Higher stress levels 'linked to greater risk of osteoporotic fracture'

29 January 2016

People living with chronic stress could be at a greater risk of sustaining an osteoporotic fracture, according to a new study.

The research from Aarhus University Hospital in Denmark assessed 7,943 people aged 55 or older to examine the association between perceived stress and risk of subsequent osteoporotic fracture over five years.

It was shown that 1,799 individuals reported high level of perceived stress, with the remainder experiencing low or no stress. The five-year risk of any osteoporotic fracture was 7.4 per cent in people with high stress, but fell to 5.4 per cent in those living low-stress lives.

This trend persisted even after adjusting for differences in lifestyle, comorbidities, osteoporosis presence, medication use and socioeconomic status.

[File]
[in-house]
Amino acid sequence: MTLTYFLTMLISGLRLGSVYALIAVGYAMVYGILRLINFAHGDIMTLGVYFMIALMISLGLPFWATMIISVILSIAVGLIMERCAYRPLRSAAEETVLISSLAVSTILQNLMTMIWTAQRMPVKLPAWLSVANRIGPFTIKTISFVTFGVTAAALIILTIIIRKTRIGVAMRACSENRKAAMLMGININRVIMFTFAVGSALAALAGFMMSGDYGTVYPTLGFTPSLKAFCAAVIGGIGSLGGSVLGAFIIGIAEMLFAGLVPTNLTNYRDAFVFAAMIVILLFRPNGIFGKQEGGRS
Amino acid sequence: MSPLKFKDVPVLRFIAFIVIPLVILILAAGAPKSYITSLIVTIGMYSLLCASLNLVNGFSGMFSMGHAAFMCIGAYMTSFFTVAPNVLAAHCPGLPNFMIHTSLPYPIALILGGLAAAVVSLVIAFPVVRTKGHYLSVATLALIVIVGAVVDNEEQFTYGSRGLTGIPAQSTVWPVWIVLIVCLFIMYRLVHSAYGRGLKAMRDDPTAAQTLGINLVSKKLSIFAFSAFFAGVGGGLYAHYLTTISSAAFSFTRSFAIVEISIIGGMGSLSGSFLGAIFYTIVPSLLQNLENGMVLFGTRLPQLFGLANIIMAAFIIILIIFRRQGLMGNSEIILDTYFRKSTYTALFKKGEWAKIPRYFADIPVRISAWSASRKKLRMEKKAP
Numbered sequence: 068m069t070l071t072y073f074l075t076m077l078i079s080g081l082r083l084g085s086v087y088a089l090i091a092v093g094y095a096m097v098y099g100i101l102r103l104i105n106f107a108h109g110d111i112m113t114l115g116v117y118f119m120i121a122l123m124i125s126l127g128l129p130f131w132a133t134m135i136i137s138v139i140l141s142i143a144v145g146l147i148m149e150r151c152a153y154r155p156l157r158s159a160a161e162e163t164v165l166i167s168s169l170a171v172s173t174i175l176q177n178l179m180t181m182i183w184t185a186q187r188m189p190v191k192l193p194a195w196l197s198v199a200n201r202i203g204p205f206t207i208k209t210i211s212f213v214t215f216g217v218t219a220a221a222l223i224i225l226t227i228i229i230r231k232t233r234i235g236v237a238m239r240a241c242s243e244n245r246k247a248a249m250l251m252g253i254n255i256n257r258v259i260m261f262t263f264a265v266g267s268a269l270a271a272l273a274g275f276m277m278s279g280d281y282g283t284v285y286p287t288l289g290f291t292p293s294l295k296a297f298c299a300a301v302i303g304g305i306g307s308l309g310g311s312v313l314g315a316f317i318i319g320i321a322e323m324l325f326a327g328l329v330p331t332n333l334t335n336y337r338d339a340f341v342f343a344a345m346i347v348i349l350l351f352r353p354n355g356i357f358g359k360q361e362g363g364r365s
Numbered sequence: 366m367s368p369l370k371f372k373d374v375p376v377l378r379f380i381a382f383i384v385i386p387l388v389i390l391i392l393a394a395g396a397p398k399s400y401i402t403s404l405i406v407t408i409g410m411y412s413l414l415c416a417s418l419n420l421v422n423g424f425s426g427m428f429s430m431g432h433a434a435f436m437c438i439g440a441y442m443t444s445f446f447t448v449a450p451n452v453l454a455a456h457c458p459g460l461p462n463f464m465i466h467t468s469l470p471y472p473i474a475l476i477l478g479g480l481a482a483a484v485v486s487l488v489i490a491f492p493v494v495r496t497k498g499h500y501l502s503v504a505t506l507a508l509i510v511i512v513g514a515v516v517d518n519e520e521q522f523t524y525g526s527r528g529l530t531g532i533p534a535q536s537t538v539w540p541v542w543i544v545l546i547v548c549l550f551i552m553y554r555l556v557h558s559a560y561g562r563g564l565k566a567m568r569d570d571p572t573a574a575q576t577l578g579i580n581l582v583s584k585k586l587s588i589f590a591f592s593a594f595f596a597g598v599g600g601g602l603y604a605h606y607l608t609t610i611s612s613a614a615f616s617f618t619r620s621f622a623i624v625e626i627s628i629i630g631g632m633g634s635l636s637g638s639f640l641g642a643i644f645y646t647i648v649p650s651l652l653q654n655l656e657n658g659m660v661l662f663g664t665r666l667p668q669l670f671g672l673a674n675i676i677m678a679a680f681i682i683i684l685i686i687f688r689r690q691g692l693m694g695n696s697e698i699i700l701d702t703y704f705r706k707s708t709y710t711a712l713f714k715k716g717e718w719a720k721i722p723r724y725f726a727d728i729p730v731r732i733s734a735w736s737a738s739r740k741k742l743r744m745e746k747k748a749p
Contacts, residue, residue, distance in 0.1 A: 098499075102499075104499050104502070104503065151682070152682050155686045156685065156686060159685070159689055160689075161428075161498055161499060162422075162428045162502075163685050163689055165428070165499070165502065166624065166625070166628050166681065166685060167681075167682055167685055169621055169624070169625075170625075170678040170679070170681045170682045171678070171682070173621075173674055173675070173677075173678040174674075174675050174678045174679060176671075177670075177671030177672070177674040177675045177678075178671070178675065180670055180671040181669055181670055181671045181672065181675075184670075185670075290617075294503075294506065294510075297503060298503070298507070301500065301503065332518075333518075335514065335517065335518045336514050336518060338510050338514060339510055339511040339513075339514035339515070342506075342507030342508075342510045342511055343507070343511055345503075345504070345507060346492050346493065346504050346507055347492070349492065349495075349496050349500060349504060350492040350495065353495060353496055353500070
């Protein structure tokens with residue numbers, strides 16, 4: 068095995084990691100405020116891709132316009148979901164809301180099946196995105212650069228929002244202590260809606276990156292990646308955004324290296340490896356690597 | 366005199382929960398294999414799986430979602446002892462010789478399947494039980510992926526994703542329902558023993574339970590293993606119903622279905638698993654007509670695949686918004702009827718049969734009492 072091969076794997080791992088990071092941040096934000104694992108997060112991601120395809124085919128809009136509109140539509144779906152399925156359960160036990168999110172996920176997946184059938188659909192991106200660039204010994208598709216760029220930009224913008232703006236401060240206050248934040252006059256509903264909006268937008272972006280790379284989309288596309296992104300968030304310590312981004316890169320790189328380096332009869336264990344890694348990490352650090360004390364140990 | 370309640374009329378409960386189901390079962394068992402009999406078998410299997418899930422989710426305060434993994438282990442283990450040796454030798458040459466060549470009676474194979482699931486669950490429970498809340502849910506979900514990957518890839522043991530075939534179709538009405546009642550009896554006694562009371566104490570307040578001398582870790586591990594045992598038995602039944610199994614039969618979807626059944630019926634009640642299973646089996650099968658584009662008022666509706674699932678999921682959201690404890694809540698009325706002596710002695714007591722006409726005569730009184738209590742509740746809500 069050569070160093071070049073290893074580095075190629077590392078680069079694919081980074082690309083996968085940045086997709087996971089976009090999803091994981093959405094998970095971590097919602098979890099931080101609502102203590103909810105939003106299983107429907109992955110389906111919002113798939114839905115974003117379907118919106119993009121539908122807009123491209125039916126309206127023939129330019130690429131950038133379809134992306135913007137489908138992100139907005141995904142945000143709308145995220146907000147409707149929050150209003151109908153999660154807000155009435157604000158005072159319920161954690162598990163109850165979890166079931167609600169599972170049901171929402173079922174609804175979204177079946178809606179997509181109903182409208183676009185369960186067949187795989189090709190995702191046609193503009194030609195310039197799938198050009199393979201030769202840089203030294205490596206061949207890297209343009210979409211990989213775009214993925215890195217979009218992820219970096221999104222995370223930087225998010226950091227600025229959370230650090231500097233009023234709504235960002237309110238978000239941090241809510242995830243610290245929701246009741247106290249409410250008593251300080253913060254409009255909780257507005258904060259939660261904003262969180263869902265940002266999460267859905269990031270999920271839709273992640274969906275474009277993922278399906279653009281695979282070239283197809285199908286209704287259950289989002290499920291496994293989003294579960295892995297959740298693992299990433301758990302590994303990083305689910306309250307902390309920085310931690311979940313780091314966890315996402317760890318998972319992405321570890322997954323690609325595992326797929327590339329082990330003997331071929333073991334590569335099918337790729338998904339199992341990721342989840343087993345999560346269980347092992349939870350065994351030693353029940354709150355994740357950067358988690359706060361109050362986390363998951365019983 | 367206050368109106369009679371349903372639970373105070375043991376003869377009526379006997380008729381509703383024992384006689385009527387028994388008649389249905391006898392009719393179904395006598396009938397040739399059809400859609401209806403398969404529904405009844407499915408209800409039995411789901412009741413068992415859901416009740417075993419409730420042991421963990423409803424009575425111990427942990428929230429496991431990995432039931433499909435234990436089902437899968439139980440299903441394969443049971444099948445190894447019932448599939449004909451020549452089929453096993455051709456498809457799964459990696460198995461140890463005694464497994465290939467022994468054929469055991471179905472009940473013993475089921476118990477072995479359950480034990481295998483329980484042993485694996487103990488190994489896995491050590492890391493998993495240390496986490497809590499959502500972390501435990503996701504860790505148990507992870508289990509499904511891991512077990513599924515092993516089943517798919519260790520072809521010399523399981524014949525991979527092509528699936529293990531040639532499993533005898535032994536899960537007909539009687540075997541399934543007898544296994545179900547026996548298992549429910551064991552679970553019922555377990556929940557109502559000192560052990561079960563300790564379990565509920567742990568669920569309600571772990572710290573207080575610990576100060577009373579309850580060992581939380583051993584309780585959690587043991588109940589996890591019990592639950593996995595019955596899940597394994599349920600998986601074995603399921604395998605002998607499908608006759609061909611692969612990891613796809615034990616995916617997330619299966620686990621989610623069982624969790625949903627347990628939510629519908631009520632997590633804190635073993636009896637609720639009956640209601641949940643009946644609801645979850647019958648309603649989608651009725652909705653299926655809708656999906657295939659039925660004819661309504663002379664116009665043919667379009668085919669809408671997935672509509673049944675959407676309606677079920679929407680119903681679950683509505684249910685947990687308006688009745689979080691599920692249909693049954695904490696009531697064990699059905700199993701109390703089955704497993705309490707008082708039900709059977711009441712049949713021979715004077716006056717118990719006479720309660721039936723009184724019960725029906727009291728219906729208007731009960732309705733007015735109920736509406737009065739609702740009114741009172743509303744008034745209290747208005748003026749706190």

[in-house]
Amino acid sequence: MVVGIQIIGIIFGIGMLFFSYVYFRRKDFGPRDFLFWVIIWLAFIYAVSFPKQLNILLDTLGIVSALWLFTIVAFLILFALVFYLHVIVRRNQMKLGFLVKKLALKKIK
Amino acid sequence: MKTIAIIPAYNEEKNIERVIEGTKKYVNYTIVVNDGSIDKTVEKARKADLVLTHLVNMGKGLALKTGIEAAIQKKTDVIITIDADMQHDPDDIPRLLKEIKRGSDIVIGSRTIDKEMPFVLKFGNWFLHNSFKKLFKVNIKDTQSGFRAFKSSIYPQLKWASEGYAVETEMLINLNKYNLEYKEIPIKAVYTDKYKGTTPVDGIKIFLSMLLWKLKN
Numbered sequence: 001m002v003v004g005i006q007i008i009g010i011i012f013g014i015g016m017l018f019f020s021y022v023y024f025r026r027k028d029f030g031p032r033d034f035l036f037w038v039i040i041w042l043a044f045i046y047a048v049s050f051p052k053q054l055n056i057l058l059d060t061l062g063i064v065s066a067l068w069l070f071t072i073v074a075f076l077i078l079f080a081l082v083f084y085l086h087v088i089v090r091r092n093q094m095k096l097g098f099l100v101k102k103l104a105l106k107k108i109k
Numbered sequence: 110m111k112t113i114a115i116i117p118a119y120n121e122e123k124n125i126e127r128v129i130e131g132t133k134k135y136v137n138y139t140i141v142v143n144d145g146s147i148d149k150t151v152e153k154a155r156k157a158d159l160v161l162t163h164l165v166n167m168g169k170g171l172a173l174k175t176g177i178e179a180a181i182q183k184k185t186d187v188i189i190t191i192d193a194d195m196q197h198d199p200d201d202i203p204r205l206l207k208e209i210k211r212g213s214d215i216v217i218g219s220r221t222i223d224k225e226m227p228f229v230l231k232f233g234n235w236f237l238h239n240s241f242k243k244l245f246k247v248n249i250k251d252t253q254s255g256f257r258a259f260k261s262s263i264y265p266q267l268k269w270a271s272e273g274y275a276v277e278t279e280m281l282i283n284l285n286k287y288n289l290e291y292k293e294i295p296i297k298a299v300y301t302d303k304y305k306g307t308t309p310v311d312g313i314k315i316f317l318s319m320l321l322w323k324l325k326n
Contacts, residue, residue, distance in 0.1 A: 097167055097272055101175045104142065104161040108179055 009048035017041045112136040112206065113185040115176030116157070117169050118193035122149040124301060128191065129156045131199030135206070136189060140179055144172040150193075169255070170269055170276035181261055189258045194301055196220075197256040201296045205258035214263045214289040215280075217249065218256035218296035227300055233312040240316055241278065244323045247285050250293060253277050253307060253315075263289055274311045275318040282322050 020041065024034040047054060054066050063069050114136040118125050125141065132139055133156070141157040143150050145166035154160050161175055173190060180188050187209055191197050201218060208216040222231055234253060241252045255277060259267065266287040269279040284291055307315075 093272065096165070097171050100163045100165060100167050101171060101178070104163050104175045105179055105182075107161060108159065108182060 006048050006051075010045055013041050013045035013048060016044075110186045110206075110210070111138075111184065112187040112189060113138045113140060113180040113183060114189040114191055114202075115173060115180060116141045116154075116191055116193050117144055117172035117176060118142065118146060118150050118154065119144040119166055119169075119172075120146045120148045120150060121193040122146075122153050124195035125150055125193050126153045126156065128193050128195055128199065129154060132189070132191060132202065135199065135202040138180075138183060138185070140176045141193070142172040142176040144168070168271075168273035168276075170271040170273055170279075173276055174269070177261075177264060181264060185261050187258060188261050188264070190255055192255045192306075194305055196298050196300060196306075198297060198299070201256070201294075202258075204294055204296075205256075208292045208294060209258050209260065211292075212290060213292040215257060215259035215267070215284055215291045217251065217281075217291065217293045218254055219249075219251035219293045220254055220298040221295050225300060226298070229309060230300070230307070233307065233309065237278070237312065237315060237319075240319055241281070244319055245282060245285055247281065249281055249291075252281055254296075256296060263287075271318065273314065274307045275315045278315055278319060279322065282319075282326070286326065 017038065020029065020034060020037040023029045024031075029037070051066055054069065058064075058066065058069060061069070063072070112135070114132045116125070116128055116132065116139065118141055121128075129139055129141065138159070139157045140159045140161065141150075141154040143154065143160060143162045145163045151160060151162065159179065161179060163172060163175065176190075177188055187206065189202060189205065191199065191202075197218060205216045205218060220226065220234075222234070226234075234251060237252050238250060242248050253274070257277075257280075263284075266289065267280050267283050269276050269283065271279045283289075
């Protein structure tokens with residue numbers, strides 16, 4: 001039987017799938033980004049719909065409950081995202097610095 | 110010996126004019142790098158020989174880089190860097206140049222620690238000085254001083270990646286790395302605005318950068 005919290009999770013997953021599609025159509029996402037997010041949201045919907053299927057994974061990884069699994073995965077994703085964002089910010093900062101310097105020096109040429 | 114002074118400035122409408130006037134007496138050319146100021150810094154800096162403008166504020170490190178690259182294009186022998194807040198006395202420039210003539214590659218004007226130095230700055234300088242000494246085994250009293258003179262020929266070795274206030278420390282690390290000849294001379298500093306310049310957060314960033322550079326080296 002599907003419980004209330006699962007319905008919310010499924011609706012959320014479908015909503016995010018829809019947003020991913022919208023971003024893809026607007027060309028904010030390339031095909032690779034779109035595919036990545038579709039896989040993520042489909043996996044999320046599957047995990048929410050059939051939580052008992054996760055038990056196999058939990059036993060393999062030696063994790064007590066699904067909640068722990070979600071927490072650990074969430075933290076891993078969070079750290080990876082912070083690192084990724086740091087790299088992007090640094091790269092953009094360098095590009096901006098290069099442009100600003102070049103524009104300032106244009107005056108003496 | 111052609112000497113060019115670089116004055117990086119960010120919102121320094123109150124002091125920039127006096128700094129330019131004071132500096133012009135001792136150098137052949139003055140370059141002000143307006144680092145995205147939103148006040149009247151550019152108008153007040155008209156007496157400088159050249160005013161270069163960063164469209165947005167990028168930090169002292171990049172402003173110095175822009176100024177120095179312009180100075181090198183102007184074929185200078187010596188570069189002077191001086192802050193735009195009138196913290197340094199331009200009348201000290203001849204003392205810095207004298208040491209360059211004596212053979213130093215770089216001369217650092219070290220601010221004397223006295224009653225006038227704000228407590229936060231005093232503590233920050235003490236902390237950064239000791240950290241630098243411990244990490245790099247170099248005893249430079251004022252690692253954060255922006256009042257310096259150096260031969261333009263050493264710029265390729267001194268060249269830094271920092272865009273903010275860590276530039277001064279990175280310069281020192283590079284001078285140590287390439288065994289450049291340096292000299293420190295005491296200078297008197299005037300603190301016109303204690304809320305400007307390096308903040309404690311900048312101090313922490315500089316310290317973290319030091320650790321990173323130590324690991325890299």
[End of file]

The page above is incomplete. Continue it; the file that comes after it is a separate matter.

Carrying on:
The research concluded: "Persons with high perceived stress have an increased risk of any osteoporotic fracture, in particular risk of hip fracture, within five years of stress assessment … The association attenuated after longer follow-up time."

Osteoporosis affects around three million people in the UK, with more than 300,000 people receiving hospital treatment for fragility fractures every year as a result of the condition.

Posted by Edward Bartel


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